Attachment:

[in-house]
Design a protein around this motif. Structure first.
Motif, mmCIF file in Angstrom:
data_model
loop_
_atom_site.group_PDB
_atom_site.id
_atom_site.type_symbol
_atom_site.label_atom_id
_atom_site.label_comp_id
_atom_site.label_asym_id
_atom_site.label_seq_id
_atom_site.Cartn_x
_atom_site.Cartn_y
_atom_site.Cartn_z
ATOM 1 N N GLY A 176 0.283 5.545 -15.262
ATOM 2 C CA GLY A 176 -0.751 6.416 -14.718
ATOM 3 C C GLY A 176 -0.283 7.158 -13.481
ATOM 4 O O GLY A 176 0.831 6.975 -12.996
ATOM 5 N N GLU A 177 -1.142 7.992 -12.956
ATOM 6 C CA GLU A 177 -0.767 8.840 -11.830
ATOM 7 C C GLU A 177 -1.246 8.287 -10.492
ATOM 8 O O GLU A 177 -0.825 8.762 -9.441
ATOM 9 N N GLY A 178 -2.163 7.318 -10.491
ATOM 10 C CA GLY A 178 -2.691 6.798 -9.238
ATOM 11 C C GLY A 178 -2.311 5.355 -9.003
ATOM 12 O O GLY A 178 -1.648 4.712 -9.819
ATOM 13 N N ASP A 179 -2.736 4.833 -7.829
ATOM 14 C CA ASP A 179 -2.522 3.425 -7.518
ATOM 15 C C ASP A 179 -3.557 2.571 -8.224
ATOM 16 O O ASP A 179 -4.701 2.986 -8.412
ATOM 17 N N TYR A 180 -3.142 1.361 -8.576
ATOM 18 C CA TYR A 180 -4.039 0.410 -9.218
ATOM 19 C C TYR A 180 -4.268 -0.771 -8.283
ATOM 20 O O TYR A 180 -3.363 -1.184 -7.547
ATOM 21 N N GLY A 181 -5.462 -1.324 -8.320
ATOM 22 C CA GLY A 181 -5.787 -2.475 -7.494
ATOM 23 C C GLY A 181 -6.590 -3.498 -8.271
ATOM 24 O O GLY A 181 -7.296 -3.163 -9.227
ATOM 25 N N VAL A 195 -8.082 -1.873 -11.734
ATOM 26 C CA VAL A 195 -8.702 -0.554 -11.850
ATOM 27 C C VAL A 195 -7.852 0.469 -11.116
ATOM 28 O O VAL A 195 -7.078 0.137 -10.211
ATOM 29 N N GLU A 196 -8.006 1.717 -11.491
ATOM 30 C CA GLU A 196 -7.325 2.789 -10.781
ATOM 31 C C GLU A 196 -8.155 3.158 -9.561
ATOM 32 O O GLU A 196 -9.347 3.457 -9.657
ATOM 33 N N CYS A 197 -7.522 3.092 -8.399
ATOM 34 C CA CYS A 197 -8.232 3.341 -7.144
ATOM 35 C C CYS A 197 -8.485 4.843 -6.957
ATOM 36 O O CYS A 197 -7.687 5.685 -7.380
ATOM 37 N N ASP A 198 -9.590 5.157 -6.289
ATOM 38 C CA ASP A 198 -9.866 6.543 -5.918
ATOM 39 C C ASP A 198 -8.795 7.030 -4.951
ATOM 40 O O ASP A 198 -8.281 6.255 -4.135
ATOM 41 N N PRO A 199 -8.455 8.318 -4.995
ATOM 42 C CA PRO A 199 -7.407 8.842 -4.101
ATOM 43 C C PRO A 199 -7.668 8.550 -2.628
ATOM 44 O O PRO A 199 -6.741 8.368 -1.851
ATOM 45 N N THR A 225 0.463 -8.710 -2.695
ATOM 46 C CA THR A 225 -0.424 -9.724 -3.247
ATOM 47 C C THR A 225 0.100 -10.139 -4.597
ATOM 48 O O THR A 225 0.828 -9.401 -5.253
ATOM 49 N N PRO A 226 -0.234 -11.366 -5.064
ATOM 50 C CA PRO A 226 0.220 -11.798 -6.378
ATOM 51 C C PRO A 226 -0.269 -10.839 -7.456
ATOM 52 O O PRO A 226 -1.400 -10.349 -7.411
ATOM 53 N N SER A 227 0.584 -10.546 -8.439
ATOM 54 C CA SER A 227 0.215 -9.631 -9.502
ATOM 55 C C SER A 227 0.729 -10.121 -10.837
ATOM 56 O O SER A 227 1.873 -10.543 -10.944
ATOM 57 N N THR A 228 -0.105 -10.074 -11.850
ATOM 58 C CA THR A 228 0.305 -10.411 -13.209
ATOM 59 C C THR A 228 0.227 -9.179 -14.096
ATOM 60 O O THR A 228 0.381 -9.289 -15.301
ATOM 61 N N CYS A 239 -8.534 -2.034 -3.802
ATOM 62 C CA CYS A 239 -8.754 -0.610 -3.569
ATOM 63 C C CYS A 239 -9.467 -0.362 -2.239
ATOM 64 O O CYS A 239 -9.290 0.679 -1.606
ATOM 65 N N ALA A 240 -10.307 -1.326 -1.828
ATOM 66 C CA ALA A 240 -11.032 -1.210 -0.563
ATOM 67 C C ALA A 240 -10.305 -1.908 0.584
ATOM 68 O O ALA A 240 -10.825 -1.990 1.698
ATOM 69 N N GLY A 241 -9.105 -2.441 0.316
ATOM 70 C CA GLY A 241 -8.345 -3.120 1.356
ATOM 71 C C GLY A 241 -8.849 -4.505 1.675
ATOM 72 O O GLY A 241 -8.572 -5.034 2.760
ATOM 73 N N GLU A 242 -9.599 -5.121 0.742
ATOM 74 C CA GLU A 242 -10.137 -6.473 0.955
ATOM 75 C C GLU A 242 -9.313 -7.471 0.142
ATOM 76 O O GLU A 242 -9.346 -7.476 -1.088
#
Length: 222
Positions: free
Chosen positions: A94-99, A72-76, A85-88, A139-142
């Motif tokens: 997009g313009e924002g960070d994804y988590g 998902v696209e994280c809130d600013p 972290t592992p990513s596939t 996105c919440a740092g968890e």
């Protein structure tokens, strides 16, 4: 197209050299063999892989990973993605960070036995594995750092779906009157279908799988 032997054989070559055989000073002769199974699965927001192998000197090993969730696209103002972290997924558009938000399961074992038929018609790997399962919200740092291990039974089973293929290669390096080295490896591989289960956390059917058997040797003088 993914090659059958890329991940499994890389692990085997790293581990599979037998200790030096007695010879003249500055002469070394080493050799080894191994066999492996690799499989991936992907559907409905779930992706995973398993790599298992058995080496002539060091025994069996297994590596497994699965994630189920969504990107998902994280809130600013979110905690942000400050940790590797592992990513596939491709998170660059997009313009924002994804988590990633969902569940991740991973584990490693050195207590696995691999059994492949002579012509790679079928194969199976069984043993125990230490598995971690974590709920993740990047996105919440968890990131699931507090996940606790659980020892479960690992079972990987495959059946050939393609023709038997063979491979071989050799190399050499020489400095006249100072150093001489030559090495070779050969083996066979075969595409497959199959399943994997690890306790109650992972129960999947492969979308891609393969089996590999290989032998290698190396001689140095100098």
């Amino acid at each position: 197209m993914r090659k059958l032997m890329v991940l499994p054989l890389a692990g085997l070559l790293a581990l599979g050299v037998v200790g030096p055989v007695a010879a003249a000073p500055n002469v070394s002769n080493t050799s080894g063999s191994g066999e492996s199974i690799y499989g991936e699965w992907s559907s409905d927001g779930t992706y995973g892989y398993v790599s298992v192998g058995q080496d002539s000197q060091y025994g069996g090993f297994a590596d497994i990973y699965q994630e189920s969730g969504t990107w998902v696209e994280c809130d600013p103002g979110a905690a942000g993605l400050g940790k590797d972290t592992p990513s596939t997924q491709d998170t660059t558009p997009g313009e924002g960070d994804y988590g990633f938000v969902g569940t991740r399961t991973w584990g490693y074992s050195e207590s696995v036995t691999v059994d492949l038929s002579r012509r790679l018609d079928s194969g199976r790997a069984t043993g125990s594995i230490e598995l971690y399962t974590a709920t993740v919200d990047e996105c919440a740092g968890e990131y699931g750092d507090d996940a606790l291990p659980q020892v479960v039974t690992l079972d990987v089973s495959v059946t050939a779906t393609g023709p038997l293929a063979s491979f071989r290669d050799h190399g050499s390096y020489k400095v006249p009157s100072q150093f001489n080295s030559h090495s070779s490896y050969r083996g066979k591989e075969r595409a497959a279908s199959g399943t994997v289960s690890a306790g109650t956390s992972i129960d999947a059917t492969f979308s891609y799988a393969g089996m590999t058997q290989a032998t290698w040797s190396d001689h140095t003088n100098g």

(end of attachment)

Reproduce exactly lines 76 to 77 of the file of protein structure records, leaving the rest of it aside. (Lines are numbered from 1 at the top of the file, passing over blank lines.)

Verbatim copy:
ATOM 61 N N CYS A 239 -8.534 -2.034 -3.802
ATOM 62 C CA CYS A 239 -8.754 -0.610 -3.569